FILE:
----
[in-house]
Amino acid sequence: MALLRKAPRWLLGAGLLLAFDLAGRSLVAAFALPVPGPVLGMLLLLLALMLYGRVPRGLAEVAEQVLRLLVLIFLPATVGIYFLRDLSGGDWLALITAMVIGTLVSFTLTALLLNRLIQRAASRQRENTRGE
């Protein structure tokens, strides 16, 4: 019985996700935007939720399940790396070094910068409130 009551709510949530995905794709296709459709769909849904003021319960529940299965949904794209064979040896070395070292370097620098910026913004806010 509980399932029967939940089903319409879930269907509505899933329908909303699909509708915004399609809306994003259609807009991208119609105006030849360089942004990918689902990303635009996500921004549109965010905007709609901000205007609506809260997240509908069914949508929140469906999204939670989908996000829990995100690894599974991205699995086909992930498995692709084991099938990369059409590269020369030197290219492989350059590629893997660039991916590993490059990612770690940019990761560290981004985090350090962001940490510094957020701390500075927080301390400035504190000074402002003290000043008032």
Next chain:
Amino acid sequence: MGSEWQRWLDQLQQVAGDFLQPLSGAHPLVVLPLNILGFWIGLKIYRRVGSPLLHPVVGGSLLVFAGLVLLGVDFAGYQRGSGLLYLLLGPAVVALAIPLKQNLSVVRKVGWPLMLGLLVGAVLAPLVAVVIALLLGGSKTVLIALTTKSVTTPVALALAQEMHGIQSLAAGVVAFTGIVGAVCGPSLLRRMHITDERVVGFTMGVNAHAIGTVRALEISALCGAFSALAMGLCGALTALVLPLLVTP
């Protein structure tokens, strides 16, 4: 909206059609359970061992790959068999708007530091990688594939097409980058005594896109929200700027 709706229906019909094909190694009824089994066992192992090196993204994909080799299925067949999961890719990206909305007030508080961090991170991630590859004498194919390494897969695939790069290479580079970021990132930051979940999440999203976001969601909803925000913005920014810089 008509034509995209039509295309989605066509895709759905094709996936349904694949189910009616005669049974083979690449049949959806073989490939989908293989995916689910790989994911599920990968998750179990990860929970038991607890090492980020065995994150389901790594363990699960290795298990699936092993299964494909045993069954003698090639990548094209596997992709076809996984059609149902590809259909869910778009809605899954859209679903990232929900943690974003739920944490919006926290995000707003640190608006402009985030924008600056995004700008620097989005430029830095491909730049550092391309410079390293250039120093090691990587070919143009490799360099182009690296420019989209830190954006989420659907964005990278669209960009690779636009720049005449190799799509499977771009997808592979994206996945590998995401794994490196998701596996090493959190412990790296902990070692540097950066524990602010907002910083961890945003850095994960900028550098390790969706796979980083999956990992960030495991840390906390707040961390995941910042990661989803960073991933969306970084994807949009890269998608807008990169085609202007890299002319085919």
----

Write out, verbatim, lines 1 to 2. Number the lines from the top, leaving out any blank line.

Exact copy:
[in-house]
Amino acid sequence: MALLRKAPRWLLGAGLLLAFDLAGRSLVAAFALPVPGPVLGMLLLLLALMLYGRVPRGLAEVAEQVLRLLVLIFLPATVGIYFLRDLSGGDWLALITAMVIGTLVSFTLTALLLNRLIQRAASRQRENTRGE